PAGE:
Two visions of Minnesota’s energy future have emerged from the state’s House and Senate — one calls for the state to continue to lead on clean energy and another calls for an experiment with out-of-state fossil fuels that would roll back laws passed with broad bipartisan support.
“These two plans offer drastically different paths for Minnesota’s energy economy,” said Michael Noble, executive director of Fresh Energy. “One would have Minnesota continue as an innovative leader that draws investment and jobs to our communities. The House energy plan would erode decades of common sense, bipartisan progress toward a better energy future.”
Risky and Unhealthy
The proposed House energy plan that will be considered this week calls for a roll-back of Minnesota’s national leadership on energy policy. The bill would:
- Weaken the state’s renewable energy standard
- Repeal the state’s energy efficiency standard—the least-cost energy resource
- Gut the state’s solar energy standard
- Jeopardize Minnesota’s current flexibility in developing a Clean Power Plan that best meets our state’s energy needs – putting us at risk of having a “federal implementation” plan imposed on the state
- Allow local monopolies to restrict customer choice to go solar (reversing a law originally passed in 1981) — placing Minnesota’s policy behind those recently adopted by Mississippi
- Remove statewide goals for reduction of greenhouse gases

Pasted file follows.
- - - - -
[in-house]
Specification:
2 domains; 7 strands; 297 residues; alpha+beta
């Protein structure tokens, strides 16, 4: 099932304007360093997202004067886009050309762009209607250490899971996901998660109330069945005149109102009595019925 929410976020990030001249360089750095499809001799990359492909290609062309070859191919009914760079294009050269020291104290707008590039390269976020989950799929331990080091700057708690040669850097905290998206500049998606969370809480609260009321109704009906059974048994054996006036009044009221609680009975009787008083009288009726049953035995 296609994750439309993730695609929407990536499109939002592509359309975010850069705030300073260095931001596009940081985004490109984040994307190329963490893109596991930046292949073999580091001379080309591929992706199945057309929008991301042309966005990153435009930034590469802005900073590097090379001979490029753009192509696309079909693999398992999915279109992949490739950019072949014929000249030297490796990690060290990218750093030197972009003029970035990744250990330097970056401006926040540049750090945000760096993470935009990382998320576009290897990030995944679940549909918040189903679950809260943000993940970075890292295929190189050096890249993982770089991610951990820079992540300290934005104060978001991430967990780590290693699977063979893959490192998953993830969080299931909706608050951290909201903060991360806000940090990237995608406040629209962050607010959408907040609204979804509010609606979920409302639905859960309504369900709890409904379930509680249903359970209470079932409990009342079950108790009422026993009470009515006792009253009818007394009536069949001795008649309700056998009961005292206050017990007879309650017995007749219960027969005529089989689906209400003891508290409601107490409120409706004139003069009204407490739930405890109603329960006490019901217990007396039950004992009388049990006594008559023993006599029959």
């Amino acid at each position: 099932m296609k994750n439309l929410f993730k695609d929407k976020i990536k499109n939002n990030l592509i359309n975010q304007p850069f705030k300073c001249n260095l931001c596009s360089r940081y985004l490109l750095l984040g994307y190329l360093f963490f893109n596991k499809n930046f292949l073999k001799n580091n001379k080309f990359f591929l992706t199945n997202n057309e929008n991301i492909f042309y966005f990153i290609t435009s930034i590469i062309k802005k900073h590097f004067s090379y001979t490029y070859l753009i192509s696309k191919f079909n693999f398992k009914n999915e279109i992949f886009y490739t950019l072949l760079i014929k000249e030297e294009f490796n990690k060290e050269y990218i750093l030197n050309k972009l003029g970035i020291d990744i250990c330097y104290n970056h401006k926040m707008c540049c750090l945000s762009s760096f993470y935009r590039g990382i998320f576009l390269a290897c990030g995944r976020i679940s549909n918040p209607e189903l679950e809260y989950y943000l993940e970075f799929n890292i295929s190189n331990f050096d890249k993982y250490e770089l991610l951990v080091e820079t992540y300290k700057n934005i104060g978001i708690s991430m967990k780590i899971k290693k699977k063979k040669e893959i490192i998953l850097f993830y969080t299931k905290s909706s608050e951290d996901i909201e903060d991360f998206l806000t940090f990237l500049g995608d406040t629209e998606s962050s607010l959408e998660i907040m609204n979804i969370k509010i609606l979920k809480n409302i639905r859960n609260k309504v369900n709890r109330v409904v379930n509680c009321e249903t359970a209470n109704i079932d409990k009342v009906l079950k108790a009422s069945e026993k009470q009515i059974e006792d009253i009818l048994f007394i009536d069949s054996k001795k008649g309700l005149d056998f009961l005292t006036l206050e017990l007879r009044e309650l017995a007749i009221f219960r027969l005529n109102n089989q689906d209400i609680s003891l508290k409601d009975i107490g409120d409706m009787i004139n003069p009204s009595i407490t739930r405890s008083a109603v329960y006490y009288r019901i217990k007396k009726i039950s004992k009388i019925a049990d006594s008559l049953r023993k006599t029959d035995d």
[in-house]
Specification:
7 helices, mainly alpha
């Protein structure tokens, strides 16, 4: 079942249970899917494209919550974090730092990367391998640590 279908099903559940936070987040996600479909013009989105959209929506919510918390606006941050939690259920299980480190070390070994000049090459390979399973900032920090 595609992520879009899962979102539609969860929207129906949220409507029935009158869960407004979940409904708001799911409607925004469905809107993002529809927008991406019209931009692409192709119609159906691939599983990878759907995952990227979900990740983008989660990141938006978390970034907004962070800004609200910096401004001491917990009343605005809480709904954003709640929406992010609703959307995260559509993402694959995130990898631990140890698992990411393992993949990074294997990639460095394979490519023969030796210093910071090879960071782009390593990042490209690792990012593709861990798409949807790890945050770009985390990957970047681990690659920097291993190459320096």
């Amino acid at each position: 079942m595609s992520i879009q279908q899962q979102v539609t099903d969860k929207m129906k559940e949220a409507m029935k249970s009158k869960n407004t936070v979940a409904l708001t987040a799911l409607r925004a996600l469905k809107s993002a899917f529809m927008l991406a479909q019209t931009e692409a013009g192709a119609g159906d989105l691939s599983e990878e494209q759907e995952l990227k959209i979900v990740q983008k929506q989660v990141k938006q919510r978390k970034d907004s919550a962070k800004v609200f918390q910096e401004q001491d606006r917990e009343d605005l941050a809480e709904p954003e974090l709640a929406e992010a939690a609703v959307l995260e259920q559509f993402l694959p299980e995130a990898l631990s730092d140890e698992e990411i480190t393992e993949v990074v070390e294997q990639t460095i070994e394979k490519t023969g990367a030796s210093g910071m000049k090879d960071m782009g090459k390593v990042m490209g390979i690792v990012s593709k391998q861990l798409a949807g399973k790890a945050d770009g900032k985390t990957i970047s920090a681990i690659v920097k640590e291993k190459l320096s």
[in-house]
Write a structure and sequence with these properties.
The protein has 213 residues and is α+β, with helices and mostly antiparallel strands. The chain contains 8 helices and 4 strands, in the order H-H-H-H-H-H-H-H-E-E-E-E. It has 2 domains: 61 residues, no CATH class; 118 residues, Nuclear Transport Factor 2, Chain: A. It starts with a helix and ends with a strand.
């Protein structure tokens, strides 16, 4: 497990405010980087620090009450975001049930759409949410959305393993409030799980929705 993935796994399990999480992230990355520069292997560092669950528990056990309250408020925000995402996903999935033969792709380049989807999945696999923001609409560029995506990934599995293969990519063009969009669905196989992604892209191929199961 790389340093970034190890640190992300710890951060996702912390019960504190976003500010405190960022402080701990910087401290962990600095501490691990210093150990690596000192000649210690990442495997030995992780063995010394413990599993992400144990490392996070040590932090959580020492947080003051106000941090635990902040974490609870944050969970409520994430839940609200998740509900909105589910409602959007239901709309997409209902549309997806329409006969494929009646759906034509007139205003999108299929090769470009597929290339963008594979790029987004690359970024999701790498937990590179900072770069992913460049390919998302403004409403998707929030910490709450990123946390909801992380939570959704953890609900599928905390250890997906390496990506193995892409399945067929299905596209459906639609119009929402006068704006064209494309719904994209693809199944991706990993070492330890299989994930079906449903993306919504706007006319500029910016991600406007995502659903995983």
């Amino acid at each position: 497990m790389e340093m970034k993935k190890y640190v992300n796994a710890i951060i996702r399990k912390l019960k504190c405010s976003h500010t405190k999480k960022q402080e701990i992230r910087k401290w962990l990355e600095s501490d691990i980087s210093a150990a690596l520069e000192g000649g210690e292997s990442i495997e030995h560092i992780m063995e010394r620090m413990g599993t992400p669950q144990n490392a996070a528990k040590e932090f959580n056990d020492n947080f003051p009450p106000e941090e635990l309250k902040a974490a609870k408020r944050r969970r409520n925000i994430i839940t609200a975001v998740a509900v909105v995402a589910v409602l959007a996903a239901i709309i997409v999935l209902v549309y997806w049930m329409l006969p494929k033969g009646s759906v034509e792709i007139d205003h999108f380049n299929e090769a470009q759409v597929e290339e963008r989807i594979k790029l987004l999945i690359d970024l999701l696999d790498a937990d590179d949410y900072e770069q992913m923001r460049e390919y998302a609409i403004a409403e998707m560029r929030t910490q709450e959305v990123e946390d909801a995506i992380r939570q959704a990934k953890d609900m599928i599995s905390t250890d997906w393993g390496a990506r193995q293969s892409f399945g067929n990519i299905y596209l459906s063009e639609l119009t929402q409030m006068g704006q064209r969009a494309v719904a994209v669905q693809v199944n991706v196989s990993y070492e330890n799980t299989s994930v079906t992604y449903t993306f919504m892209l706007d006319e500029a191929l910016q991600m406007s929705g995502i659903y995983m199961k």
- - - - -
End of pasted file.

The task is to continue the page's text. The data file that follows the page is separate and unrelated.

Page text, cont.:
The proposed plan would reverse the economic growth of the last decade that has been shown in the 2014 Department of Employment and Economic Development Clean Energy Economy Profile. It’s a blow to a rapidly growing industry that is projected to create more than 35,000 new jobs and over $2 billion in wages over the next 15 years.
In contrast to the Senate plan, which builds on years of Minnesota experience, innovation, and a comprehensive reliability study, the House plan is untested in Minnesota’s modern energy system and allows for increasing use of imported fossil fuels—already at $18 billion per year.
Minnesota’s Proven and Tested Leadership in Clean Energy
In 2007, the Minnesota legislature passed energy legislation with broad bipartisan support. Since then, clean homegrown energy has delivered billions in private investment, millions in taxes paid, and thousands of jobs for communities across Minnesota. And recent studies have shown that Minnesota can do even more.
The Minnesota Renewables Integration Technical Study, produced by the Minnesota Department of Commerce in partnership with the state’s utilities, found that increasing the use of renewable electricity in Minnesota can be done safely, without compromising reliability, with modest investments made to current grid infrastructure.
Clean Energy and Healthy Communities
Minnesota doctors were at the State Capitol today reminding state legislators that clean energy is closely tied to cleaner air, cleaner water, and better health. In an open letter they delivered to every member of the House and Senate, the Twin Cities Medical Society states that emissions from power plants “are adversely affecting our environment and impacting the health of Minnesota’s communities.”
“I brought my grandchildren with me today because this issue really is about them,” said Dr. Michael Menzel. “They deal with asthma issues, just as many other children do. The fact of the matter is that emissions from these power plants create serious health concerns for families across Minnesota. Please join us in telling your legislator that it’s time for us to do the right thing and move forward with a responsible energy bill that harnesses clean, homegrown energy.”